George attended a military prep school in Baltimore, Maryland, and was accepted to West Point Military Academy in 1831. Four years later he graduated 19th in a class of 56 students.

He fought in the Indian Wars in Florida, but disliked the military and resigned in 1836, planning to start a career in civil engineering. In December 1840, he married Margaretta Sergeant; they would eventually have seven children. By 1842, George realized it was difficult to support a family with his civil engineering job and he re-entered the army.

During the next two decades, George Meade fought in the Mexican War (1846-1848) and then employed his engineering skills to design / build lighthouses and survey American coasts and lakeshores.

When the Civil War began in 1861, George was given command of a volunteer brigade from Pennsylvania and the rank of brigadier general. Fighting (or at least present) at many of the major battles in Virginia during 1862, he gained a reputation for bravery and good leadership. In 1863 he was a major general.


The Union Army of the Potomac had been through a revolving door of generals – political appointees, brilliant thinkers with no military backbone, arrogant jerks, and a couple that seemed plain stupid in military strategy. Thus, President Lincoln was left in a real hard spot when boastful Joseph Hooker sent in his command resignation during a campaign.

George Meade was fairly well-liked by his peers; most importantly, he had few enemies in the “generals’ community.” And…he would probably obey Lincoln’s “suggestions.” Thus on June 28, 1863 (just three days before the Battle of Gettysburg), George Meade was awakened and informed he was the new commander. Yikes!

This small house was used as General Meade's headquarters during the Battle of Gettysburg

This small house was used as General Meade’s headquarters during the Battle of Gettysburg

It might be argued that Gettysburg was not Meade’s battle, even though he was the commander. He didn’t chose the battle ground. He didn’t lead any charges. He wasn’t very visible near the fighting.

However, I would argue that for the situation he was placed in, George Meade did the best he could. Sensibly, he sent a trusted commander to pick the battle ground and oversee initial troop placement, while he sorted out the confusing marching lines of troops strung out all over Maryland and Pennsylvania. Significantly, Meade made the decision to stay at Gettysburg. By choosing to stay and trusting his generals’ defensive ability, Meade won Gettysburg.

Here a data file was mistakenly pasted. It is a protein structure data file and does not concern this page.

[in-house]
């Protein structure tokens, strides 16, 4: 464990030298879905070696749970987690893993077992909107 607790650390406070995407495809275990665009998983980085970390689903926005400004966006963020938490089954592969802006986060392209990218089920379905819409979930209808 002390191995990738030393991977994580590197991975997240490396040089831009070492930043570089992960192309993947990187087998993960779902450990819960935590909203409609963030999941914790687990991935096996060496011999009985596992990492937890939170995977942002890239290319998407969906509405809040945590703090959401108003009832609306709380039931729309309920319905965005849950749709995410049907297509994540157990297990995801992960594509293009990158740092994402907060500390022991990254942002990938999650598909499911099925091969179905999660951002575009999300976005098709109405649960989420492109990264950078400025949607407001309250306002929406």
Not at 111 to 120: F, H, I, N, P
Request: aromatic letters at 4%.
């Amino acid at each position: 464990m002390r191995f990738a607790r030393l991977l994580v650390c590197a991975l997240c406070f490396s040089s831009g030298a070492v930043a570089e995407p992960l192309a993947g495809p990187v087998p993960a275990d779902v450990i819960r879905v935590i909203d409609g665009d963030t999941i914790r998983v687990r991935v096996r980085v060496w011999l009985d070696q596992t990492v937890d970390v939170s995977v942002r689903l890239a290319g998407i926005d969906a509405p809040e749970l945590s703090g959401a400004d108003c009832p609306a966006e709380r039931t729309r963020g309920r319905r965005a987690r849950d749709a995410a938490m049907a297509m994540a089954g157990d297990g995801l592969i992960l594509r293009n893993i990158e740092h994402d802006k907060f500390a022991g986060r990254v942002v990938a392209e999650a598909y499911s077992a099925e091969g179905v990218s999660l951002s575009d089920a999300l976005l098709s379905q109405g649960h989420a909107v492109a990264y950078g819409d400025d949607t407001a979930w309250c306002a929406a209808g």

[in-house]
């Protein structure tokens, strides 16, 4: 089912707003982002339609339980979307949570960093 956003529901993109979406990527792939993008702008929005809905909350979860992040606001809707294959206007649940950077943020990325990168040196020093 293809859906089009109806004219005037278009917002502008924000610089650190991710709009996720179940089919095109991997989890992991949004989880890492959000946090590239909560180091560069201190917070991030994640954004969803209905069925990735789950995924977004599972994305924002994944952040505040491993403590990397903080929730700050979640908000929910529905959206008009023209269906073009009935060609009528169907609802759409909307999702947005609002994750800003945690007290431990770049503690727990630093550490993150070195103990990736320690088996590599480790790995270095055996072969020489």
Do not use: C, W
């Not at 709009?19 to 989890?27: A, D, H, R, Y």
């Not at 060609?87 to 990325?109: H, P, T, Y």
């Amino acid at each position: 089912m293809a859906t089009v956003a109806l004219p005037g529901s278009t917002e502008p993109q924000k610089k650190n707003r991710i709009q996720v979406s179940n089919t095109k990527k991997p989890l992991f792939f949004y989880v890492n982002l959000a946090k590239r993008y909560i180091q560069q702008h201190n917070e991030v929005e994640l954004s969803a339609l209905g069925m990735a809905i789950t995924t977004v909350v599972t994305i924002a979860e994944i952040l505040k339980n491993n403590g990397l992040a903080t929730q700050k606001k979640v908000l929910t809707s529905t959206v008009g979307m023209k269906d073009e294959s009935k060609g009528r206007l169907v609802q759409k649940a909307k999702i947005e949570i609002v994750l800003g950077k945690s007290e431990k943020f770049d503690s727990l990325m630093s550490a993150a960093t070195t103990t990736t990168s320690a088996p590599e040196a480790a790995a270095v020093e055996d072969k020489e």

Of course you can’t do everything right – especially if Lincoln’s the president. George Meade didn’t follow the retreating Confederates fast enough to please the president or strike another decisive blow…and the Rebels escaped…again.

After Gettysburg

The Mine Run Campaign of 1863 didn’t accomplish much, but the following spring George Meade commanded an army under General Grant and fought through the Overland Campaign, Petersburg Siege, and Appomattox Campaign.

Meade and other Union commanders. (Meade is seated and is the 3rd man from the left.)

Meade and other Union commanders. (Meade is seated and is the 3rd man from the left.)

Grant wrote “Meade has more than met my most sanguine expectations. He and [William T. Sherman] are the fittest officers for large commands I have come in contact with.” That’s high praise!

Unfortunately, the press and many of the soldiers were not as fond of Meade and he has become one of the “almost forgotten” generals of the Civil War.

After the war, he served as commander of a few military districts in the South and was given several awards by patriotic Northerners. George Meade died on November 6, 1872.


One of the most important lessons to learn from George Meade is to surround yourself with people you trust…and trust them. Meade couldn’t leave his headquarters to dash off to Gettysburg on July 1st, but he sent a general he trusted. On the night of July 2nd, he asked all his generals’ opinions on the situation at Gettysburg before making his final decision to stay and hold the ground for one more day.

Meade’s experience and actions at Gettysburg reminds me of the Scripture verse: “He who walks with wise men will be wise, but the companion of fools will be destroyed.”  (Proverbs 13:20, NKJV)

This Gettysburg general had watched too many fools slaughter armies in the last two years because they were “wise in their own eyes.” Meade had the good sense and wisdom to surround himself with knowledgeable men and the humility to listen to their advice to make an informed leadership decision.

Your Historian,

Miss Sarah

P.S. What do you think of Meade’s leadership style at Gettysburg?

Gettysburg’s “Most Famous” Civilian

There are two civilians of Gettysburg who grab most of the limelight: John Burns and “Jennie” Wade. Of the two, Miss Wade is probably the most famous because…she was killed.

Mary Virginia Wade was the only known Gettysburg civilian killed during the battle by a military bullet. That is a semi-well-known fact. But what about the rest of her life? Myths and shadows surround this noble young lady, who is perhaps more complex and fascinating than we’ve realized.

Mary Virginia Wade

Mary Virginia Wade

Her Name

Many people think Miss Wade’s given name was “Jennie.” It wasn’t. Her real name was Mary Virginia Wade. Her family and close friends called her “Jinnie” – pronounce with a short i, like “in”.

Her Family

Virginia was one of six children in the Wade family.

There is a mystery surrounding Mr. Wade. He may have been truly ill, he may have been a drunkard, or he may have been plain lazy, but the known fact is that by the 1860’s he was dead to the rest of his family. Whether he was really dead or had purposely detached himself from his family is not known at this time. Whatever the circumstances, it is significant that the Wade family was mostly silent on the subject, possibly in an effort to keep their family pride.

The family lived in a house on Breckinridge Street in the town of Gettysburg. Mrs. Wade and Virginia worked as seamstresses to support the family. During the war, two of Virginia’s brothers served with the Union army: James was with the 3rd Pennsylvania Heavy Artillery and John was in the 21st Pennsylvania Cavalry.